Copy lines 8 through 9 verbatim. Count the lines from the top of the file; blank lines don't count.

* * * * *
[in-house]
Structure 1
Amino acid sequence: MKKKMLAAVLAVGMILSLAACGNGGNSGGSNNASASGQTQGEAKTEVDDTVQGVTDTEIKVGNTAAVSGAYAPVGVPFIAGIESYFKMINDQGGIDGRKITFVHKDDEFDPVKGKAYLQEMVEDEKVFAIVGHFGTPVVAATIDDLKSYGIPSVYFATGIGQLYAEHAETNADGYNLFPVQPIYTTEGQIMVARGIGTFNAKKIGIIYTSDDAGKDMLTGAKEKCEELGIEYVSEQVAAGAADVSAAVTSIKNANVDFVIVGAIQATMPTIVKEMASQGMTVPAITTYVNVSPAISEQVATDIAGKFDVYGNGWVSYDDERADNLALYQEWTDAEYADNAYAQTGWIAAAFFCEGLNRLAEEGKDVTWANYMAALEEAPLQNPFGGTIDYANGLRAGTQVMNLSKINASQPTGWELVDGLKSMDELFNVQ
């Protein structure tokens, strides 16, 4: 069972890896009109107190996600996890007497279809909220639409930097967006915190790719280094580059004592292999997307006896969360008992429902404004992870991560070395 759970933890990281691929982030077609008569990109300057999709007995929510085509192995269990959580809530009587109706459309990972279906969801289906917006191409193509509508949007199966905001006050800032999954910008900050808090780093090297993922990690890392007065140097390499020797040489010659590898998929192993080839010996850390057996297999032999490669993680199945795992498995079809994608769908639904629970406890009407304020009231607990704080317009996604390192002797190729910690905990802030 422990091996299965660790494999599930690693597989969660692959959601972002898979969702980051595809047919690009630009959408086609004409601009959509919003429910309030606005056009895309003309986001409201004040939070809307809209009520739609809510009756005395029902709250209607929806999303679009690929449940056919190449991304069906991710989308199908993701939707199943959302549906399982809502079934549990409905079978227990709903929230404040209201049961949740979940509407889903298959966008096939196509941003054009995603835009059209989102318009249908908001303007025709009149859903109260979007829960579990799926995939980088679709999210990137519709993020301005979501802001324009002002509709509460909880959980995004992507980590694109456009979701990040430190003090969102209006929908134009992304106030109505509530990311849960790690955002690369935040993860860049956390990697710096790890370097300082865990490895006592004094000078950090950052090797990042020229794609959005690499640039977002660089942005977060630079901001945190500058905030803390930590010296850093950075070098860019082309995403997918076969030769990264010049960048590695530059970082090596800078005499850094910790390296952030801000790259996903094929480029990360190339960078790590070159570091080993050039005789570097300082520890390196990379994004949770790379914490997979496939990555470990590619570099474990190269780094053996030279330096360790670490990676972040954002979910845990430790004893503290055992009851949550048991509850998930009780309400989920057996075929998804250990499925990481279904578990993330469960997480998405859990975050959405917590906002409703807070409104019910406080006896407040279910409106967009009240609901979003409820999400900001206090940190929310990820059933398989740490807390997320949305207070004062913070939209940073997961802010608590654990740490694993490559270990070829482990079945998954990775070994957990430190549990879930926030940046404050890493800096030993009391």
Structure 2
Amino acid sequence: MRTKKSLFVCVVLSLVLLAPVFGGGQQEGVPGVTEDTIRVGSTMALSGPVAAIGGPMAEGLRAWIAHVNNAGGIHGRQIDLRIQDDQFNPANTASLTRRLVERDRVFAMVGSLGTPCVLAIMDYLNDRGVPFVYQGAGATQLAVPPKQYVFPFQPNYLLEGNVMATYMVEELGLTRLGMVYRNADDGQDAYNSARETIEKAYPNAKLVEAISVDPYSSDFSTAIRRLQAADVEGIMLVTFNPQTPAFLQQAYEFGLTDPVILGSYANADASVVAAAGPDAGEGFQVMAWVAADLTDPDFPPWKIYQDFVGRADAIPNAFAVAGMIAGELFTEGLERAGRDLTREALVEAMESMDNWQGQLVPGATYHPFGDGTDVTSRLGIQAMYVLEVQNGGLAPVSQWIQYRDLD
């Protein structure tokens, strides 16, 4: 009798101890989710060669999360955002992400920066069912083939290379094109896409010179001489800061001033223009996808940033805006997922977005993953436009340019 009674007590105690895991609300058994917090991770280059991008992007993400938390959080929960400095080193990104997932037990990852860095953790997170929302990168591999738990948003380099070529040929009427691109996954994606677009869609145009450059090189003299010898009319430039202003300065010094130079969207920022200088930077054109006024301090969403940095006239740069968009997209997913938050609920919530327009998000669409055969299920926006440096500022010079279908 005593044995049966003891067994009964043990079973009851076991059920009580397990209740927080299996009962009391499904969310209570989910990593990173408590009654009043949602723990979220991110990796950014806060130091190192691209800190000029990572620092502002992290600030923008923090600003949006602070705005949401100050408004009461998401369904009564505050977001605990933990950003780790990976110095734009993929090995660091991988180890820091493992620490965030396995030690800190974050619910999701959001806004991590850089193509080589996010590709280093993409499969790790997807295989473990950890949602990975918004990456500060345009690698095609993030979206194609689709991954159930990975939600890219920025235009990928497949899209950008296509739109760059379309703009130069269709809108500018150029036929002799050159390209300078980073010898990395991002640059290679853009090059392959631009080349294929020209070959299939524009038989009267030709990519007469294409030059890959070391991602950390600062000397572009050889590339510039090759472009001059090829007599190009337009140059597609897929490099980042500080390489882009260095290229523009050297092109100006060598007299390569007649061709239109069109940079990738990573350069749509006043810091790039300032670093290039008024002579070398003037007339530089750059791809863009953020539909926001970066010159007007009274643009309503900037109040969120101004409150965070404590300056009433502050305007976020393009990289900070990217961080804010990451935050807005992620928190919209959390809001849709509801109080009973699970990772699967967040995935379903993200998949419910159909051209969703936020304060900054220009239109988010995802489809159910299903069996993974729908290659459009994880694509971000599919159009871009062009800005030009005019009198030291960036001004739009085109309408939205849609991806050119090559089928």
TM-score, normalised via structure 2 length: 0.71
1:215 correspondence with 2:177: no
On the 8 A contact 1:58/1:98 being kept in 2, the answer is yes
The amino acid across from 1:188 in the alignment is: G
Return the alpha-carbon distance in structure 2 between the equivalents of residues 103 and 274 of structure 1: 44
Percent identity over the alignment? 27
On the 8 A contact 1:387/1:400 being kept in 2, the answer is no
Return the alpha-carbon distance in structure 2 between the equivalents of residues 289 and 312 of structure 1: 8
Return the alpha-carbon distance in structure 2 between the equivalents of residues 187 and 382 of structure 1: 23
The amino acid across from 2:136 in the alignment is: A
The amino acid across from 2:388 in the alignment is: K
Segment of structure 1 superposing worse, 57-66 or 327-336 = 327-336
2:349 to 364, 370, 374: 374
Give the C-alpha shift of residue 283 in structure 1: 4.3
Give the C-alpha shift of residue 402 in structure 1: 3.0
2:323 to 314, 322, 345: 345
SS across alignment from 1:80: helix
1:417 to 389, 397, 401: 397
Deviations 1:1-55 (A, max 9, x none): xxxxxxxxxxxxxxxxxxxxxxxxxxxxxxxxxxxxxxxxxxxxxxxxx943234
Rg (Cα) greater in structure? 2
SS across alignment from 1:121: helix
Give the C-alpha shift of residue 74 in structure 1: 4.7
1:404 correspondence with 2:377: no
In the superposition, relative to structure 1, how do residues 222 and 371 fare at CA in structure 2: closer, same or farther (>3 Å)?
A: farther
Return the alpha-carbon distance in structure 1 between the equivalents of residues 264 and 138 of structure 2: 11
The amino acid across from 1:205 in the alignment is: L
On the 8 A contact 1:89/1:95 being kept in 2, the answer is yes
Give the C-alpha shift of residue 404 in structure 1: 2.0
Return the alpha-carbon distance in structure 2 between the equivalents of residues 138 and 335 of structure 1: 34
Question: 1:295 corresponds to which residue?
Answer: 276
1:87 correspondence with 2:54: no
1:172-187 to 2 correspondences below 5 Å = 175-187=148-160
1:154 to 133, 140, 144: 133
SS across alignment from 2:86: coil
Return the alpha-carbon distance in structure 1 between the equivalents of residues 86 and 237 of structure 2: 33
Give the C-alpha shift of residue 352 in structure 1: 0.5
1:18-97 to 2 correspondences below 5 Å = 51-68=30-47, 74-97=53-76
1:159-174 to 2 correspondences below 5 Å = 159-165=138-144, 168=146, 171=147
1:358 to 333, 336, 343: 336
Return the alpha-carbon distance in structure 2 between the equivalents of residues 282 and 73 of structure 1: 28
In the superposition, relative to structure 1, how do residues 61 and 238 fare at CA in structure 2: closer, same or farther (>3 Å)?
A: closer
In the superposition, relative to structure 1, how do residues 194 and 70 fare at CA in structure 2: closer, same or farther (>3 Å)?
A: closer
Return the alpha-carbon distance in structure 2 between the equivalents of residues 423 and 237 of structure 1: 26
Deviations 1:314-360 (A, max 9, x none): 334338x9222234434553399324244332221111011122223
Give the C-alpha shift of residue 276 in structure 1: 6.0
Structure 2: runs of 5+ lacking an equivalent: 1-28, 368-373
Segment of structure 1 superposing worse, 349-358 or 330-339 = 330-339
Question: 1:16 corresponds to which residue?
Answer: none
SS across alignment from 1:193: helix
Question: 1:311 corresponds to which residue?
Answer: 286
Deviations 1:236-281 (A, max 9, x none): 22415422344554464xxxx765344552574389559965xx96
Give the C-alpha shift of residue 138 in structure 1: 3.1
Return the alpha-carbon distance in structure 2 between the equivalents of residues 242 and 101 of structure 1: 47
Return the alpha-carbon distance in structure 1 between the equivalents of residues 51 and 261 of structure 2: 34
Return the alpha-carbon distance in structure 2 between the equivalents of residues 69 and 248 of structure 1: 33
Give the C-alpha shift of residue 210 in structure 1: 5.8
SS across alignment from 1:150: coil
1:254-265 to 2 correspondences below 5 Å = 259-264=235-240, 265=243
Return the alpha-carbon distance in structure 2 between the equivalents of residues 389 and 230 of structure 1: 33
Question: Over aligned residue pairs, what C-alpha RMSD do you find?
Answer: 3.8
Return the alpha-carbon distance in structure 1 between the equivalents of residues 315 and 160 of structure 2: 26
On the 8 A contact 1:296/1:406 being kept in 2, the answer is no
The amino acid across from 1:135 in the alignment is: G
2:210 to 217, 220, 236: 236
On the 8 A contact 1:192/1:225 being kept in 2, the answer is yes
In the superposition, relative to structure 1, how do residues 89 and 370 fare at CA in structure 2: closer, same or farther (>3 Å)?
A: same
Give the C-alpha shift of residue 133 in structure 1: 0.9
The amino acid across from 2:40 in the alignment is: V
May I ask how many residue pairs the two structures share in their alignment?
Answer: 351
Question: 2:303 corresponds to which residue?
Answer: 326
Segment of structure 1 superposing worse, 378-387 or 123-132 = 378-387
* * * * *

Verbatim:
TM-score, normalised via structure 2 length: 0.71
1:215 correspondence with 2:177: no